Background/Aim: Toothbrushes are one of the main means of cleaning teeth and maintaining oral hygiene, but toothbrushes are also potential reservoir of microorganisms, including pathogens. The aim of this paper was to evaluate the oral health, oral hygiene awareness and assess the degree of contamination of toothbrushes among students attending Secondary Medical School.
Material and Methods: Sixty students (32 boys, 28 girls; mean age ≅ 15,7±2,1) attending highschool were randomly selected for this study. Each student included in the study filled out a questionnaire regarding his/her life habits and oral hygiene. Clinical examinations were initiated in order to determine the DMFT, as well as the CIP, CIT, CIA and CPITN indexes, based of which the assessment of oral health status was performed. One stack of fiber was collected from each toothbrush used by the participantes in the study, and than prepared for further microbiological sampling.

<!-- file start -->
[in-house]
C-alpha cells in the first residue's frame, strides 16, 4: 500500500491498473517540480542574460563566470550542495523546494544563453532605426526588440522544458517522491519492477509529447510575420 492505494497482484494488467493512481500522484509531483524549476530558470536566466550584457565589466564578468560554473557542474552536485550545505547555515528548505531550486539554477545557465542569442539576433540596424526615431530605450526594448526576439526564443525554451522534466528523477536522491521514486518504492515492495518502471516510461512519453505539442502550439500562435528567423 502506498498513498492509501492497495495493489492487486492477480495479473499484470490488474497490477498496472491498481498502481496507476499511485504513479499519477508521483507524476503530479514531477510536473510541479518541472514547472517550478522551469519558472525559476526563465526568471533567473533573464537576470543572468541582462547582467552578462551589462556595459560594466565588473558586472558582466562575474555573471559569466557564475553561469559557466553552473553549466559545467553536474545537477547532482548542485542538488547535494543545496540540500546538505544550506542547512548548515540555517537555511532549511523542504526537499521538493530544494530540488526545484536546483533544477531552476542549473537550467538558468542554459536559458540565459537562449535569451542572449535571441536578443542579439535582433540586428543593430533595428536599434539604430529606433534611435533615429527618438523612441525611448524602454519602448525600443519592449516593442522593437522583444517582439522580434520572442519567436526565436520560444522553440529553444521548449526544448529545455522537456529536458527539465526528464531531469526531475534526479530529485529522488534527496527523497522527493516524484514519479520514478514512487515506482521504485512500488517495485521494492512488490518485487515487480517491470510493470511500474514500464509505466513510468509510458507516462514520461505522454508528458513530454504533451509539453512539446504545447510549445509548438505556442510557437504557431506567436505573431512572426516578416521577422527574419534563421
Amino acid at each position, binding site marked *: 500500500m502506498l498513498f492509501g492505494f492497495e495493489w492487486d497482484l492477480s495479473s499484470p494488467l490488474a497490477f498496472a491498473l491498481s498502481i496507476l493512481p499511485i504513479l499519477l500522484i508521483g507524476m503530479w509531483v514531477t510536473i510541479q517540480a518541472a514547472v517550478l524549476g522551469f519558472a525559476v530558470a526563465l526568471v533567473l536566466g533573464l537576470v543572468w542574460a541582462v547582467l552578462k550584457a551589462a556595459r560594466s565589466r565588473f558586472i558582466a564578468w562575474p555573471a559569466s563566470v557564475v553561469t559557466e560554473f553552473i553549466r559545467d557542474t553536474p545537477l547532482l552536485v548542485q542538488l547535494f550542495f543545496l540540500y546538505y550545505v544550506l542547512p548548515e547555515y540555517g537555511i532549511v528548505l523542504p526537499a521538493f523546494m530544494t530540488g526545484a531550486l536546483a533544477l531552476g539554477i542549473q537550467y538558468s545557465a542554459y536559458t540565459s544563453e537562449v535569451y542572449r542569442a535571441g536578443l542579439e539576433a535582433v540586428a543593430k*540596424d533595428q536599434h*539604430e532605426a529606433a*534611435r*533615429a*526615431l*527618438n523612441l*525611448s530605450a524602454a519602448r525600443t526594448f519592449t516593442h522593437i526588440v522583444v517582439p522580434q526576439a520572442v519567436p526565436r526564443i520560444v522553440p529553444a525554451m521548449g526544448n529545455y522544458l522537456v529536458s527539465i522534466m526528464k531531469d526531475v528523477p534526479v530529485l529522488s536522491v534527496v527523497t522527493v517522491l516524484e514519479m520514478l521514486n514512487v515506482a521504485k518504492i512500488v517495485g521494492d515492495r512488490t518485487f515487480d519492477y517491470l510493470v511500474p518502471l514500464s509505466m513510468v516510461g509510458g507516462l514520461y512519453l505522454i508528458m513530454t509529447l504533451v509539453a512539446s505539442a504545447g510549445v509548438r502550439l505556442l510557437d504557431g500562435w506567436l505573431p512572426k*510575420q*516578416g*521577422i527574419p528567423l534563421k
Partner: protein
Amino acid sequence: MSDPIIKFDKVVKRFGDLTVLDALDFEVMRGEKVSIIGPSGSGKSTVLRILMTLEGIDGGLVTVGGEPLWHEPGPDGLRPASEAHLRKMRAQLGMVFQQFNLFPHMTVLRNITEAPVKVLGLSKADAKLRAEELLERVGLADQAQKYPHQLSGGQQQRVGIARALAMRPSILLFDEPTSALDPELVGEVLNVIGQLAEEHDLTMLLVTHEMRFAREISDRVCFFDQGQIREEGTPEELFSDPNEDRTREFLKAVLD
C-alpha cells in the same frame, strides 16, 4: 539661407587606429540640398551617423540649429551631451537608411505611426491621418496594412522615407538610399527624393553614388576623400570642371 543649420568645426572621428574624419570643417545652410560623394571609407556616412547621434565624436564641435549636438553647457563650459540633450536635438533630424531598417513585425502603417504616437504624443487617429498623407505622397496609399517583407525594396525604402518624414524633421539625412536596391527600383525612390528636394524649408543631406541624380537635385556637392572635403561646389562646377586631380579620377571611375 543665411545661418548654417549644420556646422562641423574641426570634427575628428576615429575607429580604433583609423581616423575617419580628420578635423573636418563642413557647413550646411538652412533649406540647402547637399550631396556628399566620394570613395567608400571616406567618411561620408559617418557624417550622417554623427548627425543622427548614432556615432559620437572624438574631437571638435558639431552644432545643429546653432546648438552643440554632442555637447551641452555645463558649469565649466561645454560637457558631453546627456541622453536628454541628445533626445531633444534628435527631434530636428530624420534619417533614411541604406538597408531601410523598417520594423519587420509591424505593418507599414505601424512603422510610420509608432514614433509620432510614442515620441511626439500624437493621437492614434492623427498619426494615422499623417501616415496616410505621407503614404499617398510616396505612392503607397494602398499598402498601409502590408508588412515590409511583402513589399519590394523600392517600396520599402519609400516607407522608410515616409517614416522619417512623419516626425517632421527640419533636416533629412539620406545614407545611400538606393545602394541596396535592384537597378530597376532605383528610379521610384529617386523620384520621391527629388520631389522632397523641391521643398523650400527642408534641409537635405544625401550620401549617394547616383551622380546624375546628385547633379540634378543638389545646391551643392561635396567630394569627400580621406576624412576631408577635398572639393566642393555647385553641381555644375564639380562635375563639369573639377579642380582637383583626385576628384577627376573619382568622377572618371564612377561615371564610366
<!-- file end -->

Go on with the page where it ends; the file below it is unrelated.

Results: Only 11% of the students had the awareness of potential sources of toothbrushes contamination. The average value of DMFT was 3,2 (%D = 22,5; %M = 4,96; %F = 72,5). A statistically significant difference in comparison of the CPITN index and subjects’ response to the professional plague removal in the last 12 months was identified (χ2 = 13,55; p= 0,033). Staphylococcus aureus, Streptococcus mutans, Micrococcus species and Streptococcus salivarius were most commonly present microorganisms. In most cases, G-positive bacilli or cocci were isolated, while the presence of Candidae albicans was identified in four samples.
Conclusions: Raising the awareness of dental hygiene through the oral health education may improve better plaque control and subsequently the oral health. Handson training how to maintain the oral hygiene are not expensive and more over they are easy to be organized can be useful in oral heath promotion.